Limit the choices in an Excel drop down list, depending on the value in another cell.
For example, select "Fruit" in cell B2, and "apple, banana, peach" appear in the drop down list in cell C2. In this dependent data validation example, if a country is selected from the first drop down, only that country's cities appear in the next column's drop down list. After you learn the basics, you can use the Excel IF function to make the selection more flexible.
If no country is selected, the City column will show a list of world cities in the dependent drop down list.
In this example, the first list will be named Produce.
It contains the Produce categories -- Fruit and Vegetable.
NOTE: If a Produce Type has not been selected, the Item drop down in that row will not work.
If you need to, you can add another set of dependent data validation dropdown lists that depend on the selections in the first two dropdowns.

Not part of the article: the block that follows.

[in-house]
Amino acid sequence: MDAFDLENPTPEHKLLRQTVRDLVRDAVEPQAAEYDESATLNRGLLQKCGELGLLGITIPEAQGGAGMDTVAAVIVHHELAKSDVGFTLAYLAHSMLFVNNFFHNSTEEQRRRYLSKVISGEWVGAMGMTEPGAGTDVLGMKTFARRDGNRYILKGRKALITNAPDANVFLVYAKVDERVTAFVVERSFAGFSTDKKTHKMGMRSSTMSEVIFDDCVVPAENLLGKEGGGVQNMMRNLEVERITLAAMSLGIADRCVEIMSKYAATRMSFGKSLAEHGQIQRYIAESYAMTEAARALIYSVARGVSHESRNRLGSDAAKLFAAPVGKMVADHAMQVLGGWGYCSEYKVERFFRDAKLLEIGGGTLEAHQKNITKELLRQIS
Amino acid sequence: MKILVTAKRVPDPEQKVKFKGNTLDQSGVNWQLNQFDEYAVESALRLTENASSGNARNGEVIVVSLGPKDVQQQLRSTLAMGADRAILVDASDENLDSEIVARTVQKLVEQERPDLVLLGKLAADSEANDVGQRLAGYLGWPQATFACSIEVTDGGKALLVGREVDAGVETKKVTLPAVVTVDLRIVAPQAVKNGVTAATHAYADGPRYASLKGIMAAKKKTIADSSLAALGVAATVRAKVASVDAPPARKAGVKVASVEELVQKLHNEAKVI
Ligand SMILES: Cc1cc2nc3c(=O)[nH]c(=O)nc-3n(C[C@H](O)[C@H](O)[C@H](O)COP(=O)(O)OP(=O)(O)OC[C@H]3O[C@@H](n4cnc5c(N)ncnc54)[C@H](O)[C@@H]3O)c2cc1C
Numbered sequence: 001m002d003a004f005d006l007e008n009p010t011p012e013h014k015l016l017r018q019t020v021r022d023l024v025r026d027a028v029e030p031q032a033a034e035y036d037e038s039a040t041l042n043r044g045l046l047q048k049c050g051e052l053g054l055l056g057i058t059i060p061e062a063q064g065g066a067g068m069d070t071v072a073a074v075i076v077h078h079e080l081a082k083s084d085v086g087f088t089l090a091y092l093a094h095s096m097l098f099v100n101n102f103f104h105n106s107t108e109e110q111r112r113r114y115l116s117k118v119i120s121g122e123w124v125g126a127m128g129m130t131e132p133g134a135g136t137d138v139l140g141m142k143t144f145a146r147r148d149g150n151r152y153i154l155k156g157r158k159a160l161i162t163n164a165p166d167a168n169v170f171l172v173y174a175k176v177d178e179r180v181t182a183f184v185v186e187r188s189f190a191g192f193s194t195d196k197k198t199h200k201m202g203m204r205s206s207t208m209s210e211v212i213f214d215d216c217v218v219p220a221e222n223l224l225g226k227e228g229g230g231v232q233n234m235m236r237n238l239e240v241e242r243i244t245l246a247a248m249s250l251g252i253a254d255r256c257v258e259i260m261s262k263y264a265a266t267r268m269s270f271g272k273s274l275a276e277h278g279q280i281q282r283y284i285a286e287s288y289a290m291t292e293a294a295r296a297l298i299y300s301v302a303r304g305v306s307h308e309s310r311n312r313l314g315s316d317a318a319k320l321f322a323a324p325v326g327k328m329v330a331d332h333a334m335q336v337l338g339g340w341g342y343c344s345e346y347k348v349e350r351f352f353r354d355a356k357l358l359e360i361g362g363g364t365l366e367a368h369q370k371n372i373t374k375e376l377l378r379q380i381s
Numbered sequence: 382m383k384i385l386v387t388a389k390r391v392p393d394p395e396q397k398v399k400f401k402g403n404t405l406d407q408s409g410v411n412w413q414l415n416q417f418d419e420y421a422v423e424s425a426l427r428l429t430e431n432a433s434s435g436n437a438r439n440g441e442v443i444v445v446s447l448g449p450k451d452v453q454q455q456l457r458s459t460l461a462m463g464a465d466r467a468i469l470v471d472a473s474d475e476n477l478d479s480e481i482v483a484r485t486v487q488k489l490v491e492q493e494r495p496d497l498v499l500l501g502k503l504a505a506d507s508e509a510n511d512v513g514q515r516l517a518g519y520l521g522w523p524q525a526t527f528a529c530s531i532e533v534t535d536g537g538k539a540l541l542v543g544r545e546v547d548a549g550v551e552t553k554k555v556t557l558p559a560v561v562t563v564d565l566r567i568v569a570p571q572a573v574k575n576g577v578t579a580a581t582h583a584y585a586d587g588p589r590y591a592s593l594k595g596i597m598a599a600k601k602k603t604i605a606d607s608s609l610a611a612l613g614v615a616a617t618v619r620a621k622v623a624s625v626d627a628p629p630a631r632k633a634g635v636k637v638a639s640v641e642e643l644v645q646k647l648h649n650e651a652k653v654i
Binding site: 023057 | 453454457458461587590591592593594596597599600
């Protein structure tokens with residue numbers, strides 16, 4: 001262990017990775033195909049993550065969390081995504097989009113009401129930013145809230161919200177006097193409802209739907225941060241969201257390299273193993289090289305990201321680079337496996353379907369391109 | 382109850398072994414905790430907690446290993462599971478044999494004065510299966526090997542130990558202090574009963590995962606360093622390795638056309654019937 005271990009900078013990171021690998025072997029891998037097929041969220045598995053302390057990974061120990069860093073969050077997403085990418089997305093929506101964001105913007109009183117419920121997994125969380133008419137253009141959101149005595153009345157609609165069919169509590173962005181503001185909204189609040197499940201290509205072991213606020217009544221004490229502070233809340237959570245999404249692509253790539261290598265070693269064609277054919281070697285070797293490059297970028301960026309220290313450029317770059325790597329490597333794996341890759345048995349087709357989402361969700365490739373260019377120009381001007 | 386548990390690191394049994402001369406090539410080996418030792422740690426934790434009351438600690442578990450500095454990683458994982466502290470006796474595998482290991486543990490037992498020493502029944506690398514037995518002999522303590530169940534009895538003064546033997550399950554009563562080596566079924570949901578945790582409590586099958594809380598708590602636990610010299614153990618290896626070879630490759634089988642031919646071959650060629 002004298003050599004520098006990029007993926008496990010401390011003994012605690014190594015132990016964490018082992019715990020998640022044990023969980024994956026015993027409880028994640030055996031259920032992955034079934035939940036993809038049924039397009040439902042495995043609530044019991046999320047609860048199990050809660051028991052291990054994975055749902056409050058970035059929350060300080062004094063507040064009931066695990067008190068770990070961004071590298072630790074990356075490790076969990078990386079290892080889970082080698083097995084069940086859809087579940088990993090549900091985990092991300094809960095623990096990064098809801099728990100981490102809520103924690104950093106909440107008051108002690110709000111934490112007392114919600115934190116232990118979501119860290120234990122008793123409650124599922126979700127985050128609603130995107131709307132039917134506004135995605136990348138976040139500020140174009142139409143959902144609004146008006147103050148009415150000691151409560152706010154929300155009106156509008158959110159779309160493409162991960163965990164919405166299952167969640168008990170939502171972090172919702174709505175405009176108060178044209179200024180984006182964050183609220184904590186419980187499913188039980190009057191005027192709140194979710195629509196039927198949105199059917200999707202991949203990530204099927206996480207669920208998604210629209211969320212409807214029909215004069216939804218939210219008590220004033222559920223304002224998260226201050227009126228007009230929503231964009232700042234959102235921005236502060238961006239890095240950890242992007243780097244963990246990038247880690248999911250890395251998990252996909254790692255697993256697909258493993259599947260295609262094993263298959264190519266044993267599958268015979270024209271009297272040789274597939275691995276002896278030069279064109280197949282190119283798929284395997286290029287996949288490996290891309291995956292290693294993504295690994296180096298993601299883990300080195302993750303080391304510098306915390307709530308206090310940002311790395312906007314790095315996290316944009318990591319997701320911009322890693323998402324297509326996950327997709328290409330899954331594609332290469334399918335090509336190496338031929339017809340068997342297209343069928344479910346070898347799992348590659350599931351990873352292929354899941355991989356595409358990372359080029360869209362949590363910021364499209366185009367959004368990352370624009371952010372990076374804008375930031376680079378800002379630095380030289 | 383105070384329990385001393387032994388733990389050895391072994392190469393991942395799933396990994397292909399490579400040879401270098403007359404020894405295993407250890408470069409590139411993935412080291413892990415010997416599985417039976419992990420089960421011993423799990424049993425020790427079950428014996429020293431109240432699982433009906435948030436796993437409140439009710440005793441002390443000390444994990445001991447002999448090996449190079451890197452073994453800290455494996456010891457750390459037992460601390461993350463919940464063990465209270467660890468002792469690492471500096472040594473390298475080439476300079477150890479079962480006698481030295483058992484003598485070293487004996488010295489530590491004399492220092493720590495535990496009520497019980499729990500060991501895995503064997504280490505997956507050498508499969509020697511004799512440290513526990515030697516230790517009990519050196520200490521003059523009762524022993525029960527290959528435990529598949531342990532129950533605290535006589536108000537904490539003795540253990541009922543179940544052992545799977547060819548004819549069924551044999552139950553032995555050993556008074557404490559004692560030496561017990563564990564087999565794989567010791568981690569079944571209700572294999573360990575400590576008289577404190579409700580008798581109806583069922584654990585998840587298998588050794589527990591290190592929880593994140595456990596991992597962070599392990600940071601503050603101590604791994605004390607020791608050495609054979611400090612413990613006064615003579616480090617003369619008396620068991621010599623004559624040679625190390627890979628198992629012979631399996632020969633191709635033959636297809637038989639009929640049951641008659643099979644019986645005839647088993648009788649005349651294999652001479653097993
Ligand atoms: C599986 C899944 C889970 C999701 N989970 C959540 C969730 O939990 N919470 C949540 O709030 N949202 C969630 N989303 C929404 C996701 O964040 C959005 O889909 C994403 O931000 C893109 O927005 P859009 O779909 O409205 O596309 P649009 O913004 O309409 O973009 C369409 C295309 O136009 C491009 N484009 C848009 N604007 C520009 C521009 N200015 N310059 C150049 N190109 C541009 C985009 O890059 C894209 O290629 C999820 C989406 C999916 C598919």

For example, select a country and region, then select a city in that region.
=INDIRECT(SUBSTITUTE(B2&C2," ","")) In some workbooks, you might need to have two-word items in the first Excel data validation drop-down list.
For example, your choices are 'Red Fruit', 'Green Fruit' and 'Yellow Fruit' =INDIRECT(SUBSTITUTE(A2," ","")) You may need items in the first Excel data validation drop-down list that contain characters not allowed in range names, such as the ampersand (&).
For example, your choices are 'Red Fruit', 'Green Fruit' and 'Yellow & Orange Fruit'.
For the dependent lists, you can create ranges with one-word names, such as YOFruit.
Then, create a lookup table, which lists each item in the first Excel data validation drop-down list, and the range where its dependent items will be stored.
To start, create the item lists and the first Excel data validation drop-down: With Red Fruit selected in cell A2, the VLookup formula will return Red Fruit List as the range name for the dependent list.